Monday, November 14, 2011

adam sandler, dadaist?

There is an overwhelming amount of hatred from critics and others on the internet being spewed at Adam Sandler's latest release, Jack and Jill. Many critics seem outraged that the movie exists at all, slamming its plot (or lack thereof), the sight of Sandler in drag, the undercurrent of misogyny (Really? I'll address that in a bit.) What I find the most perplexing is why would anyone be surprised at Jack and Jill. It is exactly what it set out to be. A movie which presents Adam Sandler in a dress. What exactly were critics expecting?

Sandler has always been a populist comedian. Some would call him lazy, but mostly, I think he is plainly uncomfortable onscreen. He is a huge star, but maybe a bit embarrassed about it. He is able to push the envelope in moves produced by others (Punch-Drunk Love, Spanglish), but for the most part he has made comedies (with his company Happy Madison Productions) that like to pit him as an everyman looking for love (The Wedding Singer, Mr. Deeds, 50 First Dates) or just chock-full of hit-or-miss gags (Happy Gilmore, Billy Madison, etc.)

Sandler is the rare comedian who, although we know he is a multimillionaire, somehow is still able to connect with his audience and his regular guy, pre-success persona. Does Sandler feel pressured to churn out a product every year or so? Maybe. Grown Ups seemed like he decided to make a movie where he took a bunch of his friends on a vacation. It worked, because for the most part it was fun to go along for the ride.

Sandler has an undeniable sense of loyalty to his circle of friends. He has worked with many of the actors in Jack and Jill before, and you know he will again:

From Saturday Night Live - Norm MacDonald, Dana Carvey, Tim Meadows, David Spade

Nick Swardson (Just Go with It, Bedtime Stories, You Don't Mess with the Zohan, Click, I Now Pronounce You Chuck & Larry).

Actor turned director Dennis Dugan (Just Go with It, Grown Ups, You Don't Mess with the Zohan, I Now Pronounce You Chuck & Larry)

He obviously wants to work with people he likes and he has the money and power to make it happen.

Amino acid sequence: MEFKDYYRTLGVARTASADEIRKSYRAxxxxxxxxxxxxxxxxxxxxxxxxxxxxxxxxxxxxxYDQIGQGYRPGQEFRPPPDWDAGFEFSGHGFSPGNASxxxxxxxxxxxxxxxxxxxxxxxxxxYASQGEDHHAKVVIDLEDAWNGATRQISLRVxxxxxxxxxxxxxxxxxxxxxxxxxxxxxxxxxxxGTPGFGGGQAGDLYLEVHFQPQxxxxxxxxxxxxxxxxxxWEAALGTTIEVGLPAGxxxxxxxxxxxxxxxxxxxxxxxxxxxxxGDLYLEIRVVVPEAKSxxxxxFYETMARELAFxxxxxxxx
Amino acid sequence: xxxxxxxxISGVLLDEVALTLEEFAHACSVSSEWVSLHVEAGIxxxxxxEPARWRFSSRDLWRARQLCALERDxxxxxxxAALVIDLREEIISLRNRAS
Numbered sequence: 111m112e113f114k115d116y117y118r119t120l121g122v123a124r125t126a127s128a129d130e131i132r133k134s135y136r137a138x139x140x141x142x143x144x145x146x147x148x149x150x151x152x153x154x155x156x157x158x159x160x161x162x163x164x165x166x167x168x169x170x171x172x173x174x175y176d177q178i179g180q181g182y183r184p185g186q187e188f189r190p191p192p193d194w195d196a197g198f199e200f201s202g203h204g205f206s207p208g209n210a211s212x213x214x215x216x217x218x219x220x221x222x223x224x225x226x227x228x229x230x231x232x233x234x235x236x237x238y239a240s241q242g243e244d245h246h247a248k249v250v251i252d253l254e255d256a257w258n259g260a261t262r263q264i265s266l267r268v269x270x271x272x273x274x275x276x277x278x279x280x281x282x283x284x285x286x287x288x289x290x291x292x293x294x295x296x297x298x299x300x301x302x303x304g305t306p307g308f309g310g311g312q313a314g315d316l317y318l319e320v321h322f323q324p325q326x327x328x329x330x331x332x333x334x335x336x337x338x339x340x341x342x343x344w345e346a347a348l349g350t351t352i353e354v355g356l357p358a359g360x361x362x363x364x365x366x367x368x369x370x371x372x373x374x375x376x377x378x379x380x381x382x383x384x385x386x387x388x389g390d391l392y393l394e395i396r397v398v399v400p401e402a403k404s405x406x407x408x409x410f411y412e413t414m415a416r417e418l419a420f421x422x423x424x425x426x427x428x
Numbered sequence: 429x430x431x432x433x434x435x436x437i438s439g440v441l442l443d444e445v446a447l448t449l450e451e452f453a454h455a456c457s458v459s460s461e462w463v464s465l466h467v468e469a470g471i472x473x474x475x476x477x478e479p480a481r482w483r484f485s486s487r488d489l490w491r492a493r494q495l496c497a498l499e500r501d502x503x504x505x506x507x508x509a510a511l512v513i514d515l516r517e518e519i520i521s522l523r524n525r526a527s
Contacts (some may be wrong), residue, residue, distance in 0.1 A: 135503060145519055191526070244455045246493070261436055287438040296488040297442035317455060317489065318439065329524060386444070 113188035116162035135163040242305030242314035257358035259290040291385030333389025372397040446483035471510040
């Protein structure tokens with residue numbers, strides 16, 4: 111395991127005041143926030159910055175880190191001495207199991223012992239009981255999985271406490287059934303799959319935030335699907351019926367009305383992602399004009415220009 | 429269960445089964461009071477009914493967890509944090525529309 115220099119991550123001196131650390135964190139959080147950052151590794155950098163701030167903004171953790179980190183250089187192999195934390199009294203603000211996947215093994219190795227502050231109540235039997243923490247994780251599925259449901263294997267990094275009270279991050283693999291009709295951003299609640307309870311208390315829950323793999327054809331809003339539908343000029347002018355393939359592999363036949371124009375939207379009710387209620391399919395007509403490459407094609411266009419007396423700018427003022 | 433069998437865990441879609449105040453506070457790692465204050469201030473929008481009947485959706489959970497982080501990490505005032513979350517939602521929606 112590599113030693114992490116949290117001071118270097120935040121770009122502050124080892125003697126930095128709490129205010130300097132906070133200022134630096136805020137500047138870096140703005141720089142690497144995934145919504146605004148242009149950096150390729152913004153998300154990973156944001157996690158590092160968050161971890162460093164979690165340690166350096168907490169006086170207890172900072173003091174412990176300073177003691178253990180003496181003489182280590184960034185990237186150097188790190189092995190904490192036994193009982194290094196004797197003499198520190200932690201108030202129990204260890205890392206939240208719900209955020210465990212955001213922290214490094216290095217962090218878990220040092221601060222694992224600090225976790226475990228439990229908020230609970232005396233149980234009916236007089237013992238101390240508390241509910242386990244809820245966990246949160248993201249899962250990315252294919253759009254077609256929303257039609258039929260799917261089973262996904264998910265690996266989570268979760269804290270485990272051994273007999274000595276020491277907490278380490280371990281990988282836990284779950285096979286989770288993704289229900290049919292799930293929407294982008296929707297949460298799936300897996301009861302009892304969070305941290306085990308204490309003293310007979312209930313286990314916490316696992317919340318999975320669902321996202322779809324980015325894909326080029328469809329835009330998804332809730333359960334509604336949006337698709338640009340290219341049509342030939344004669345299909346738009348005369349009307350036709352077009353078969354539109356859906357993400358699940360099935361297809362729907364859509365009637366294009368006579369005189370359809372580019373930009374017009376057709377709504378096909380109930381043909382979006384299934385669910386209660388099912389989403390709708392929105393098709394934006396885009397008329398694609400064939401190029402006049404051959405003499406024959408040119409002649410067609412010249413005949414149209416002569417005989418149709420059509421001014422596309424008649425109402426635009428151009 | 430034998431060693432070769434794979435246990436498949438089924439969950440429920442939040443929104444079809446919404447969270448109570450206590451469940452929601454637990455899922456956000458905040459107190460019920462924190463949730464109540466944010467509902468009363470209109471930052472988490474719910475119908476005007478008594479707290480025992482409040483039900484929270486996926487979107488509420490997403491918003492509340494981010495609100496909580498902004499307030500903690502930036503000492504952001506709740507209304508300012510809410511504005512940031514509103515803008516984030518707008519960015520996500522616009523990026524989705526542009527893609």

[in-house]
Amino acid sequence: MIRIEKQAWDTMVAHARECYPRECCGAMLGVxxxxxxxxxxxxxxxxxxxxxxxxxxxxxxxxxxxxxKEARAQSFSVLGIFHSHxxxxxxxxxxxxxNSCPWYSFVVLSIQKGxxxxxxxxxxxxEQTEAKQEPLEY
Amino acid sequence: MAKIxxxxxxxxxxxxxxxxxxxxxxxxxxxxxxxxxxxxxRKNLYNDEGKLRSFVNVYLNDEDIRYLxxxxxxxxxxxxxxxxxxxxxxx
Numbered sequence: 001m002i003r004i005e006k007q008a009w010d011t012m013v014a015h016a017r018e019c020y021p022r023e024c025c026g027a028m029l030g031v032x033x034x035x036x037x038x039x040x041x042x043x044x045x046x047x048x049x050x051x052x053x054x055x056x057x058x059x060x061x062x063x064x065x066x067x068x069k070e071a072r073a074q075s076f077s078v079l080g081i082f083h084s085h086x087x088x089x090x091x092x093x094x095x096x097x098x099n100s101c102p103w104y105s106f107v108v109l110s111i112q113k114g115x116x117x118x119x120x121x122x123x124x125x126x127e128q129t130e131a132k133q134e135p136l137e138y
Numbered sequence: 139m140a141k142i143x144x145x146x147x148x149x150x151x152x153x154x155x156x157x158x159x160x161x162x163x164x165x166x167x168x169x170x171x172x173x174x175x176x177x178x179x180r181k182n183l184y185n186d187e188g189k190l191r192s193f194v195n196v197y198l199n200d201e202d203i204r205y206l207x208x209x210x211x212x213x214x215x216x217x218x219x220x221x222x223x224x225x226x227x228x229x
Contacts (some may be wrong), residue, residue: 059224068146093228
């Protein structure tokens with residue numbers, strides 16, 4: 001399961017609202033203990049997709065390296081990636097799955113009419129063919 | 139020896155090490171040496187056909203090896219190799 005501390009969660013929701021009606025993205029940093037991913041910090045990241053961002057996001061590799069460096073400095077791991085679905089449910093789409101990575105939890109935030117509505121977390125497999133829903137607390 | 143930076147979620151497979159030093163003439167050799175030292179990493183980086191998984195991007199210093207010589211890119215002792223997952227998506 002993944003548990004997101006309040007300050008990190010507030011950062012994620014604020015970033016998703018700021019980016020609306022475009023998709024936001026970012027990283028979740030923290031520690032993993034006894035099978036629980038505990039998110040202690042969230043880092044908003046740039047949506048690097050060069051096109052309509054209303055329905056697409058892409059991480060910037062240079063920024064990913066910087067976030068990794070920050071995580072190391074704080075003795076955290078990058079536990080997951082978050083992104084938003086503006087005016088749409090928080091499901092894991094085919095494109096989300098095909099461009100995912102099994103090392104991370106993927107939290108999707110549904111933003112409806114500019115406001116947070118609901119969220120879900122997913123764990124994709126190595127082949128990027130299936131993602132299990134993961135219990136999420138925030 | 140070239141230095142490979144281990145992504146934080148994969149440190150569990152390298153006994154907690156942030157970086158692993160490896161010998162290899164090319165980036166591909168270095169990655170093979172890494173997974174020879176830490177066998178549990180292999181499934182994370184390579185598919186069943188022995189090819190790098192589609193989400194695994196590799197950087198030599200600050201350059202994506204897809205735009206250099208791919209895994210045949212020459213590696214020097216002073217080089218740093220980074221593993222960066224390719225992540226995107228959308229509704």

I used to hate Adam Sander movies. I found Big Daddy and Little Nicky especially offensive. My ex-boyfriend would watch and laugh and I felt like I was watching something in another language. I just didn't get it. I liked some of his Saturday Night Live shtick and sing-song singing. But I was more than a tad perplexed when he became such a huge star. He definitely had a demographic and knew how to connect with them.

In more recent years either his demographic changed or I did, because I started catching his movies on cable and liked some of them. Bedtime Stories has some nice bits, especially with goofy Russell Brand. I really like The Wedding Singer - let's face it, he had me at Buscemi (another frequent collaborator). Having a kid has definitely changed how I view Sandler and his movies. My daughter absolutely loves Grown Ups and was bugging me to see Jack and Jill from the first time she saw a preview. I must not be the only parent dragged to the drag comedy. Jack and Jill  opened as the #2 movie at the box office, earning $26 million.

Kids and the families they drag along with them have become Sandler's core audience. The humor in his movies is about on par with the silly kid-coms my daughter loves to watch on the Disney channel. When we went to see Jack and Jill this weekend five out of six previews for upcoming family-oriented fare were animated movies. I love me some Miyazaki and Puss in Boots, but there are only so many sassy-voiced animated character films that I can sit through. Live-action movies for kids are becoming more and more rare. This weekend Jack and Jill was the only family film available if you wanted to go to the movies and hadn't already seen Puss in Boots.